This position allows for the wrist to bend back (in slight extension) while keeping the load of the bar stacked over the joints. In order to maintain this position under load and avoid bending the wrist back too far (which can cause pain in the wrist), we should actively engage the hands by squeezing the bar.
Squeezing the bar is one of the cues I mentioned in my article on 9 Squat Cues To Improve Your Technique.
Rule #4: Keep The Hand In-Line With The Wrist (Limit Radial Deviation)
Radial deviation (wrists bent sideways towards the thumb) is a motion that can put pressure on the wrists when we grip the barbell in the squat. Instead we want our hands and wrists to be stacked in a neutral position that continues with the forearm rather than cocked inwards towards the body.
This can reduce wrist pain that often occurs with radial deviation due to the pressure created at the wrist joint (carpal bones) when supporting the barbell.
To alleviate and prevent symptoms of pain, we can engage the musculature of the hands by applying pressure into the bar to maintain a neutral position. However, in cases where we cannot maintain a neutral position despite our efforts, it may be best to adjust our grip width to accommodate a more stacked position of the hands and wrist.
By the way, I wrote another article on the best deadlift grip width. There’s a lot more that can go wrong when selecting your deadlift grip width so make sure to check out that article!
How To Know When You Need A Wider Grip
We may need a wider grip if we have mobility restrictions with the upper body and/or we feel that a wider grip is more comfortable and we can still create tension in the upper body.
If we have any mobility restrictions in the upper body, that means that there is a tightness in one or more muscle groups that prevents us from getting into the proper positions to create upper body tightness in the squat.
In order to get tight, we need to get the hands as close to our shoulders as our mobility allows for, but if we are limited by tightness or pain we will need to take a wider grip. How wide we go will be determined by the width at which we are able to create the most tension in the upper back and hands without restrictions.
One way to combat mobility restrictions is to ensure you have a proper warm-up. Check out my article on How To Warm Up For Squats where I give you some specific mobility drills to work on.
If a wider grip is more comfortable and feels more secure, we should go with the wider grip. This is often the case for larger individuals or individuals with bigger upper body mass.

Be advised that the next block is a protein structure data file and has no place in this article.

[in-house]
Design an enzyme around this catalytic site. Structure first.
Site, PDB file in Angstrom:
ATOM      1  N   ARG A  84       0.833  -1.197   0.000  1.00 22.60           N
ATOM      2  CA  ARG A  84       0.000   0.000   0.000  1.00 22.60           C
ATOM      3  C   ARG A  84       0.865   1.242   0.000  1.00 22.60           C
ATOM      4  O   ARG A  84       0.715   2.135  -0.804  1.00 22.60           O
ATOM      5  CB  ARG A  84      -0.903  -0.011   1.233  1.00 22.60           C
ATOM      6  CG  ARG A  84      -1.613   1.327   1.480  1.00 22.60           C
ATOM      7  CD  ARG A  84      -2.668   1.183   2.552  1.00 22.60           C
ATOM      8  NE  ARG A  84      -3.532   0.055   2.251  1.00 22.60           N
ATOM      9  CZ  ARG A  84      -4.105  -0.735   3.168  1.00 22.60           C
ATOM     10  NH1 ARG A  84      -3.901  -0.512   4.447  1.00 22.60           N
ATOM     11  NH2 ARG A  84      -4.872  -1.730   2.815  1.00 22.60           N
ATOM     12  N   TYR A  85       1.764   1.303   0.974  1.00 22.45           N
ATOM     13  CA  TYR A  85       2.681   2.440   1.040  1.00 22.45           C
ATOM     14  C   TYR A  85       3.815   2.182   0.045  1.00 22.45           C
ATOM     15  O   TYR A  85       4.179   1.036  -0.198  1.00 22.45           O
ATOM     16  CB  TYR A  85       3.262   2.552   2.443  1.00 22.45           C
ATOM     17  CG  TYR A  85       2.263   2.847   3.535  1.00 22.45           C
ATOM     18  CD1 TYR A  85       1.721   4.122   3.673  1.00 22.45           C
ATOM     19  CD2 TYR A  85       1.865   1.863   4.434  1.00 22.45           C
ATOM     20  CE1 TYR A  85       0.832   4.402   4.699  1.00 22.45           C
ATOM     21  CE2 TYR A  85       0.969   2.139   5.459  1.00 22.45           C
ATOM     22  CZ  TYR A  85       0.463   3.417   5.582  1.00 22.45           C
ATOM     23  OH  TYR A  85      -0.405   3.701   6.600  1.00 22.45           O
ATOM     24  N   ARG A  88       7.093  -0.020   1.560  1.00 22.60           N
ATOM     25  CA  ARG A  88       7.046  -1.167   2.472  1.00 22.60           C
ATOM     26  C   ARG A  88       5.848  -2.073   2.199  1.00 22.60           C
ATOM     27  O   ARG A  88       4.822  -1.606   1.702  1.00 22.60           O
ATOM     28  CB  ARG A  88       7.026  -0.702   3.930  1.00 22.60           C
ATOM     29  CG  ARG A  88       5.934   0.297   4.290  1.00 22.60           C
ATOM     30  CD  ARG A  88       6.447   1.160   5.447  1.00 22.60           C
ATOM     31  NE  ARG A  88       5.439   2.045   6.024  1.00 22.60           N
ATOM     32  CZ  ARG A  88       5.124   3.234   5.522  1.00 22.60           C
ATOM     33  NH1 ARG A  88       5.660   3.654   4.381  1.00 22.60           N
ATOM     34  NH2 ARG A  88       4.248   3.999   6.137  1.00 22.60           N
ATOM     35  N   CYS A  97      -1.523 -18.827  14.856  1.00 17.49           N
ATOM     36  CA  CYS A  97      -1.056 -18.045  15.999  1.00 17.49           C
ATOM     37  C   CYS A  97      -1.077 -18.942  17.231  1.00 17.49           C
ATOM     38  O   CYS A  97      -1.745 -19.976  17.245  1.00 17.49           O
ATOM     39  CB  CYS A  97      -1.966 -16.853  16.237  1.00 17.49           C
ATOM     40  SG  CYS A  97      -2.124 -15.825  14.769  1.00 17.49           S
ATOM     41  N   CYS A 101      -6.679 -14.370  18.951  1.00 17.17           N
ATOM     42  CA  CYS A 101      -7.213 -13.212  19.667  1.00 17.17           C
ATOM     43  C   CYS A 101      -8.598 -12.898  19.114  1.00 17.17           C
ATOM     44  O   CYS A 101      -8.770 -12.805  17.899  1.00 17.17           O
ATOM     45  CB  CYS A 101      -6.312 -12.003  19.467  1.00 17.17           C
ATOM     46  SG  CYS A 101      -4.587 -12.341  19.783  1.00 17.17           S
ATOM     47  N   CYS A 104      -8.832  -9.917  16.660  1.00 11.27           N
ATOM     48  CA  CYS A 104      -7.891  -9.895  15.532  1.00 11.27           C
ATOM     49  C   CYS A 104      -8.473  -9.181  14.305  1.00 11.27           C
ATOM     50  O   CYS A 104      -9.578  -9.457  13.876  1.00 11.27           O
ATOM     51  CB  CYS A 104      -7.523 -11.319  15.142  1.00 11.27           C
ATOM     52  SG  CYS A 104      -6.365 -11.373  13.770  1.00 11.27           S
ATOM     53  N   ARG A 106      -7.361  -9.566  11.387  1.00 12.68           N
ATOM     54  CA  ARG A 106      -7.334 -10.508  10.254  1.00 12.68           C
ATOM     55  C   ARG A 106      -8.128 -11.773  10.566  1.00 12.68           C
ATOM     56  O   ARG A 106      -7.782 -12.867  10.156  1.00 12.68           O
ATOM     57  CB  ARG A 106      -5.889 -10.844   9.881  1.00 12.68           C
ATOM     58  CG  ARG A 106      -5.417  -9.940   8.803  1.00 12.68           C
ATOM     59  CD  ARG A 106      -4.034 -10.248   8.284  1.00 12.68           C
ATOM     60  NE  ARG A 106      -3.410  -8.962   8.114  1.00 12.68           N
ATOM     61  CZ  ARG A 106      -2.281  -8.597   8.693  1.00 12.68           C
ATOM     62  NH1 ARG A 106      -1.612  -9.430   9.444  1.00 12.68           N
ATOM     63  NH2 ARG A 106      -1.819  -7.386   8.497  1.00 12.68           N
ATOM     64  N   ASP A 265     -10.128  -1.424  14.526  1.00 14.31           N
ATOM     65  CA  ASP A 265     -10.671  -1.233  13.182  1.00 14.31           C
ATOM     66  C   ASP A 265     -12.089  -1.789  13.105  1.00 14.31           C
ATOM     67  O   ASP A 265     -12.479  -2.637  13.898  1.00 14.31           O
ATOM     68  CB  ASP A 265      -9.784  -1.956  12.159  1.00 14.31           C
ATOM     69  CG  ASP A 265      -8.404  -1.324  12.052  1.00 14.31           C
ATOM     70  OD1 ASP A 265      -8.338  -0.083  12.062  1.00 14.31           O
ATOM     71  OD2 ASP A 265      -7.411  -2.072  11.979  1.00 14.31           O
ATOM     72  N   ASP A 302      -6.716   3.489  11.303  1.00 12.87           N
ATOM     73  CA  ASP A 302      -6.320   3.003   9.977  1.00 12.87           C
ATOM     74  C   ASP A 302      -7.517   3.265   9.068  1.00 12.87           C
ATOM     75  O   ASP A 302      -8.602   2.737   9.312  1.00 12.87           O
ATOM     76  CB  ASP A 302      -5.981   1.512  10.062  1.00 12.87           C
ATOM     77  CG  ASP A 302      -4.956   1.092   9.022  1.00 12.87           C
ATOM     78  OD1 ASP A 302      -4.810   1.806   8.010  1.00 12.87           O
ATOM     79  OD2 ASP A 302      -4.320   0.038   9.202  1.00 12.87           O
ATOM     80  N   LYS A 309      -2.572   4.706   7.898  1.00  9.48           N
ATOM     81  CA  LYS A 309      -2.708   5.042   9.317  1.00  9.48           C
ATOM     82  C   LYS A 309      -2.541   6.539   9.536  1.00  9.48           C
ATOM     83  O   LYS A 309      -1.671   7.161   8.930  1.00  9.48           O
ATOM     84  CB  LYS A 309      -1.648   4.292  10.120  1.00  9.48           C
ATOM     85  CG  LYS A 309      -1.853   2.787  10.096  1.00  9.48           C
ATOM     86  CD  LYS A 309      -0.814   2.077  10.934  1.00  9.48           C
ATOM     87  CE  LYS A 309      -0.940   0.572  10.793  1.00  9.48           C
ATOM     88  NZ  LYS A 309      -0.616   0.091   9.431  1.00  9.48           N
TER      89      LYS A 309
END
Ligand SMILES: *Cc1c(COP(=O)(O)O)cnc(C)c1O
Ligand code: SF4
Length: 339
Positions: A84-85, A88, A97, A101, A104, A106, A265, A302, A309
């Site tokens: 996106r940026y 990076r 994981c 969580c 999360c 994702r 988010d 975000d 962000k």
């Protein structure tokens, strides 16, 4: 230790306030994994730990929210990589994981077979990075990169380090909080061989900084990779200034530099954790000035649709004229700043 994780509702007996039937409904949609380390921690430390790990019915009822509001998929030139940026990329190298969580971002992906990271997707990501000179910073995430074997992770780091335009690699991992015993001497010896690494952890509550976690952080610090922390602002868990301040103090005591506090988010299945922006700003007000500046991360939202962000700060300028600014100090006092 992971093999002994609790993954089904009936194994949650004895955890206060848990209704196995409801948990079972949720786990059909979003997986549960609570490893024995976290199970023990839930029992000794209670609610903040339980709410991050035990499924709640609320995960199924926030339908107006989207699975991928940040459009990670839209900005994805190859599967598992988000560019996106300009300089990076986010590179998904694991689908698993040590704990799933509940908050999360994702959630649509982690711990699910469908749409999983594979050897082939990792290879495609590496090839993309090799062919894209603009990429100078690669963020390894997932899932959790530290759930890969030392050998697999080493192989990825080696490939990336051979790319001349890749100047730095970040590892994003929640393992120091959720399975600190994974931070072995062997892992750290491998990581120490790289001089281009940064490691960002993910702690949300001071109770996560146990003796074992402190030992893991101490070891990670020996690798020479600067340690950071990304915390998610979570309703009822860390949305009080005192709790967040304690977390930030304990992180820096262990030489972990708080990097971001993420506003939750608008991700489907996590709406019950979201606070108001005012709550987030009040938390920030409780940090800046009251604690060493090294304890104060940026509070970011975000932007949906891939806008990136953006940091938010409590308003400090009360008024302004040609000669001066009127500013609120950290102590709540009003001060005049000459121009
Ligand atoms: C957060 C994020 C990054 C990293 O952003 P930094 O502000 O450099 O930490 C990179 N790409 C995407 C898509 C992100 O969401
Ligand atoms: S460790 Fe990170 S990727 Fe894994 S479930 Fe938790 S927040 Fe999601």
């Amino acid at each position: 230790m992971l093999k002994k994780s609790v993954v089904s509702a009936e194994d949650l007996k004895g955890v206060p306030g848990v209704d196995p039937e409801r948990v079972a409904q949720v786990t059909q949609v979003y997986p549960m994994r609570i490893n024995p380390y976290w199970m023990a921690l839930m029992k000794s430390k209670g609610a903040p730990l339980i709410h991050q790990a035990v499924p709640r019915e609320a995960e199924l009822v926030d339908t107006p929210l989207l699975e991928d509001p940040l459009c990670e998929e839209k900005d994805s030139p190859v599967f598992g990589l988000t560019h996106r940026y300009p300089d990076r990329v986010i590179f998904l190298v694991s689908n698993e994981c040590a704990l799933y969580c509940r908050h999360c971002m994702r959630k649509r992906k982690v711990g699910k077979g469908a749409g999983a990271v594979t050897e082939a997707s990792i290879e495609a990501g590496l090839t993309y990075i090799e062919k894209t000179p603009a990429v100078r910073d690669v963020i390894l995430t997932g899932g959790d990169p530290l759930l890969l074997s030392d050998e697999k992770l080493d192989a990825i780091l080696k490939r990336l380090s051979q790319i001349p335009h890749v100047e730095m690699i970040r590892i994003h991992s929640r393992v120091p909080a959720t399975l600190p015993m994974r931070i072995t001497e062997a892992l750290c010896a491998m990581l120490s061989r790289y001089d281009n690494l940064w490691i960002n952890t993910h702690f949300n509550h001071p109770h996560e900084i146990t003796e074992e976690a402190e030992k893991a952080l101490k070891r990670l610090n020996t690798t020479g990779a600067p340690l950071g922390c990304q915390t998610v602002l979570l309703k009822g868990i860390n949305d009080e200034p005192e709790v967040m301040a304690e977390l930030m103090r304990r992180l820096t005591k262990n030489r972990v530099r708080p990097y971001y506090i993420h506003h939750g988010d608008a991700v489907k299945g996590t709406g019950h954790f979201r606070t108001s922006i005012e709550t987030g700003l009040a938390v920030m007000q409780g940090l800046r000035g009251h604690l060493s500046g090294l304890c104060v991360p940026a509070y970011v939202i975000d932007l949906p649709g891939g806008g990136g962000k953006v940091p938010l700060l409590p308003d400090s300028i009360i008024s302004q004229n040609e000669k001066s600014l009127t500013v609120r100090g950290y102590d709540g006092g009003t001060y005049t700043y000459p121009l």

The reason for this is that if we try to go narrower and we are experiencing discomfort, our performance is likely to be impacted because we will be overly focused on the discomfort we are experiencing rather than having the mental capacity to focus on other cues and technique aspects of the squat.
We should choose the grip that provides the most comfort and instills confidence, but that we are still able to get tight with by squeezing the hands into the bar and driving the elbows under the bar.
Struggling with elbow pain when squatting? Try these 8 Solutions To Fix Elbow Pain While Squatting
How To Know When You Need A Narrower Grip
We may need a more narrow grip if we are not able to create upper body tension with our current grip, we cannot keep our hands and wrists in-line, we have no mobility restrictions or pain in the upper body with a narrower grip.
A narrow grip may cause wrist pain. Check out my article How To Fix Wrist Pain While Squatting for more details.
Inability To Create Upper Body Tension
If we are struggling to create upper body tension, we should consider taking a more narrow grip. The reason for this is that with a narrower grip we are able to create more tension in the upper back by packing the lats, squeezing the hands and driving the elbows under the bar.
If we are struggling to create this level of tightness with a wider grip, we are likely to experience a folding over in the squat due to upper-back rounding or the weight may feel heavier during the unrack – both of which can mentally and physically throw off the lift.
Also, with a lack of upper back tightness you may experience falling forward in the squat (especially under heavy weight). If that’s you I encourage you to check out my other article on How To Fix Leaning Too Far Forward In The Squat.
Unable To Keep The Hands In-Line With The Wrists
If our grip is too wide, we may not be able to prevent radial deviation of the wrist when gripping the bar and maintain the hands in-line with the wrists despite actively engaging the musculature of the hands. This can cause immediate pain and discomfort in the wrist or elbows or could develop over time.